Alyssa is the secretary and three-time all-region member of the Highlander
String Orchestra and a Decathlete in the Academic Decathalon. Her deep-seated
interest in biology sparked her desire to become a gastroenterologist.

Shriya is heavily involved in the arts with key roles in her honors choir, the
school's annual musical, and Indian classical music and dance performances.
She also participates in her high school's robotics club and tutors in reading
and math. Shriya aspires to a career in medicine or technology.

The team's mentor is Dr. Jinming Gao, professor, Simmons Comprehensive Cancer
Center, University of Texas Southwestern Medical Center at Dallas.

Regional Finalists

The remaining regional finalists each received a $1,000 scholarship.

Regional Finalists in the individual category were:

  oStacy Ho, Texas Academy of Mathematics and Science, Denton, Texas
  oSilin Li, Vestavia Hills High School, Vestavia Hills, Ala.
  oWilliam Ou, Texas Academy of Mathematics and Science, Denton, Texas
  oPiper Reid, Dripping Springs High School, Dripping Springs, Texas

Team Regional Finalists were:

  oJia-Uei Chen, C. Leon King High School, Tampa, Fla.; Patrick Guo, Westwood
    High School, Austin, Texas; and Jessica Yu, Westwood High School, Austin,
    Texas
  oAngeline Rao, William P. Clements High School, Sugar Land, Texas; Vinciane
    Chen, Westwood High School, Austin, Texas; and Alexander Yang, William P.
    Clements High School, Sugar Land, Texas
  oShaayaan Sayed, Dulles High School, Sugar Land, Texas; and Bassel Saleh,
    Dulles High School, Sugar Land, Texas
  oEvan Shegog, Bellaire High School, Bellaire, Texas; and Joshua Wang,
    Bellaire High School, Bellaire, Texas

The Siemens Competition
Launched in 1998, the Siemens Competition is the nation's premier science
research competition for high school students. A record 2,440 students
registered for this year's competition and a total of 1,599 projects were
submitted for consideration. Three hundred thirty-one students were named
Semifinalists and 100 were named Regional Finalists. Entries are judged at
the regional level by esteemed scientists at six leading research universities
that host the regional competitions: California Institute of Technology,
Carnegie Mellon University, Georgia Institute of Technology, Massachusetts
Institute of Technology, University of Notre Dame and The University of Texas
at Austin.

For news and announcements about the Regional Competitions and the National
Finals, follow us on Twitter @SFoundation (#SiemensComp) and like us on
Facebook at SiemensFoundation. A live webcast of the National Finalist Awards
Presentation will also be available online at 9:30am EST on December 10:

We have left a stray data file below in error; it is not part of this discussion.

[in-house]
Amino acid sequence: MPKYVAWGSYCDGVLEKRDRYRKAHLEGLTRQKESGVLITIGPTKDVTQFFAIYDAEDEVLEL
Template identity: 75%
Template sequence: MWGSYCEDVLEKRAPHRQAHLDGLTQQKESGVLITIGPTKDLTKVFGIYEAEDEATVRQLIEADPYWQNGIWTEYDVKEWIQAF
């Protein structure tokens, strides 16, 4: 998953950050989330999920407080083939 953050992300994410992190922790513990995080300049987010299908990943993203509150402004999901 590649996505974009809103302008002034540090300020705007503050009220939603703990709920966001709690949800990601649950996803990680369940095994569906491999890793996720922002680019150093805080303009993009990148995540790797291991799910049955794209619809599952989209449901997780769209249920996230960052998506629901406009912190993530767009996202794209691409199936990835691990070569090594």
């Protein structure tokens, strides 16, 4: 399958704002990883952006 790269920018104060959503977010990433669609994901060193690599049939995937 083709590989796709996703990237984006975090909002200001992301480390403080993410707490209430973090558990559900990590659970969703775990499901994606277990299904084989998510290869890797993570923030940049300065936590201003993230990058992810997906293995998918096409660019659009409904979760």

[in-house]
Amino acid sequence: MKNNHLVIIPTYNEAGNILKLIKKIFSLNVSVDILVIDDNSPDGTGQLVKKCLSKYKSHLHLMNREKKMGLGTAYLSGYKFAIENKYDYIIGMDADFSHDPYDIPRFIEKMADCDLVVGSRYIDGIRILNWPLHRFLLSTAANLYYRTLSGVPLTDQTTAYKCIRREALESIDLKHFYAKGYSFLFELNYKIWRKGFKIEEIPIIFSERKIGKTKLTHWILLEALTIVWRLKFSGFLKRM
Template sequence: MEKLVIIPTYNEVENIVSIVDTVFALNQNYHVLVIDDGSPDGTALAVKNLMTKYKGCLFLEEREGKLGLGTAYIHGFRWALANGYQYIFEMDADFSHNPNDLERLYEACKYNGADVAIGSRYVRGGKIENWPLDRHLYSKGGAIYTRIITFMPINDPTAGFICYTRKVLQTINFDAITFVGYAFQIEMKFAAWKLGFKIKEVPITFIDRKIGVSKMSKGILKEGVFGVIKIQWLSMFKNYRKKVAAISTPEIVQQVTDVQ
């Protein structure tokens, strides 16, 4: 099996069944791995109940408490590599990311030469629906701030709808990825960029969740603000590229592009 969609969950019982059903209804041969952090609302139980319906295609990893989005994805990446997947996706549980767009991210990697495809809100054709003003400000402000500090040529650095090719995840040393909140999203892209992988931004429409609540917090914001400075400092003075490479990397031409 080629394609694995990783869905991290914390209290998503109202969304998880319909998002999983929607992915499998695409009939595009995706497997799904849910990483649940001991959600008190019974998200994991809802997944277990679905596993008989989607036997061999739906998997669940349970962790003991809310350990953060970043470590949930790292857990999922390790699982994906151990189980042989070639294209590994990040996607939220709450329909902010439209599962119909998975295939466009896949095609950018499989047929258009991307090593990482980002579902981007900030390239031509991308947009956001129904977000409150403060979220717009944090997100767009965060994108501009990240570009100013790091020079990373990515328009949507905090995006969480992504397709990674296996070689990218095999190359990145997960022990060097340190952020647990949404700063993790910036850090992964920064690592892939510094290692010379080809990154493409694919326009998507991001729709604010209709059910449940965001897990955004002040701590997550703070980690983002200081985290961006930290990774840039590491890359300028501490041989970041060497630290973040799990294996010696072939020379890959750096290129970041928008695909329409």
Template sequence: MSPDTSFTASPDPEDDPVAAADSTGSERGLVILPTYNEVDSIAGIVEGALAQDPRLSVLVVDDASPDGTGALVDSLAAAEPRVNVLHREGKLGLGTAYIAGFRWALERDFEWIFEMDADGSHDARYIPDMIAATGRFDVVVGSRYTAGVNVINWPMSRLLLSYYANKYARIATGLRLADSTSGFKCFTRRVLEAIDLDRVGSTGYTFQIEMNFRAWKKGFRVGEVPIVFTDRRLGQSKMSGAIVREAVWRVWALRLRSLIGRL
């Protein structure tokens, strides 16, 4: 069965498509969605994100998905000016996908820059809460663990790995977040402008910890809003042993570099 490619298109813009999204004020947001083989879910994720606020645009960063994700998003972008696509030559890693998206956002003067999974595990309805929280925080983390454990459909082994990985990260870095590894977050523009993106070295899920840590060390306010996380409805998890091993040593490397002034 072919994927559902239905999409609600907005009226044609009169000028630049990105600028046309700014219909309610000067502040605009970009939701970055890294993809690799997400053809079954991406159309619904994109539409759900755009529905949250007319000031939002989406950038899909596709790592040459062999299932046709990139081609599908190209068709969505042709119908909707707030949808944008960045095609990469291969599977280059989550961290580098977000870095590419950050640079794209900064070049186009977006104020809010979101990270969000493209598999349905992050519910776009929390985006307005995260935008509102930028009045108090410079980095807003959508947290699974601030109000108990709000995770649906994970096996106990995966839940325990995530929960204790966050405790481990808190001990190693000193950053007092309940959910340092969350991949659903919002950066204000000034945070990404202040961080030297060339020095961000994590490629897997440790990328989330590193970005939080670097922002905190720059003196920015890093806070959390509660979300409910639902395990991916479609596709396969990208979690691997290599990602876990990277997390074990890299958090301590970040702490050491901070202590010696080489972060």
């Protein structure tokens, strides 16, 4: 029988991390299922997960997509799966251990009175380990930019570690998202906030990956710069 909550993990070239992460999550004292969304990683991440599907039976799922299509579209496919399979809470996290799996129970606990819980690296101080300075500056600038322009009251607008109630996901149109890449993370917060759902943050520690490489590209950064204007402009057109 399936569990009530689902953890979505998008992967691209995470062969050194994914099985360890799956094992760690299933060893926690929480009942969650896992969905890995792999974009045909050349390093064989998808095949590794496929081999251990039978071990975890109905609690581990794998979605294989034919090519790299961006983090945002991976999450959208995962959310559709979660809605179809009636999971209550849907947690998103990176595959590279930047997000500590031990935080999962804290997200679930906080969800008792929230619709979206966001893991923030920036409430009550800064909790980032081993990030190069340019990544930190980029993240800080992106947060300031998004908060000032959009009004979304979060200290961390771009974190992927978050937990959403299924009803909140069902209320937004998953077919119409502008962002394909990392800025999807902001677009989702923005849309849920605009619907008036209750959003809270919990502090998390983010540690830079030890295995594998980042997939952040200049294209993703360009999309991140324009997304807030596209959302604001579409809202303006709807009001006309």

www.siemens-foundation.org.

The Siemens Foundation
The Siemens Foundation provides more than $7 million annually in support of
educational initiatives in the areas of science, technology, engineering and
mathematics (STEM) in the United States. Its signature programs include the
Siemens Competition in Math, Science & Technology, a STEM research competition
for high school students, Siemens We Can Change the World Challenge, a
sustainability challenge which encourages K-12 students to develop innovative
green solutions for environmental issues and the Siemens STEM Academy, a
national educator professional development program designed to support
educators in their efforts to foster student achievement in STEM fields. By
supporting outstanding students and educators today, and recognizing the
mentors and schools that inspire STEM educational excellence, the Foundation
helps nurture tomorrow's scientists and engineers. The Foundation's mission is
based on the culture of innovation, research and educational support that is
the hallmark of Siemens' U.S. companies. For further information, visit
www.siemens-foundation.org or follow @sfoundation.

The College Board
The College Board is a mission-driven not-for-profit organization that
connects students to college success and opportunity. Founded in 1900, the
College Board was created to expand access to higher education. Today, the
membership association is made up of more than 6,000 of the world's leading
educational institutions and is dedicated to promoting excellence and equity
in education. Each year, the College Board helps more than seven million
students prepare for a successful transition to college through programs and
services in college readiness and college success — including the SAT^® and
the Advanced Placement Program^®. The organization also serves the education
community through research and advocacy on behalf of students, educators and
schools. For further information, visit www.collegeboard.org.

Video and photos of winners available on request.





SOURCE The Siemens Foundation

Website: http://www.siemens-foundation.org
Contact: Kiesha Boykins, Siemens Foundation, 732-321-3150,
kiesha.boykins@siemens.com; or Megan Zaroda, Weber Shandwick, 212-445-8217,
mzaroda@webershandwick.com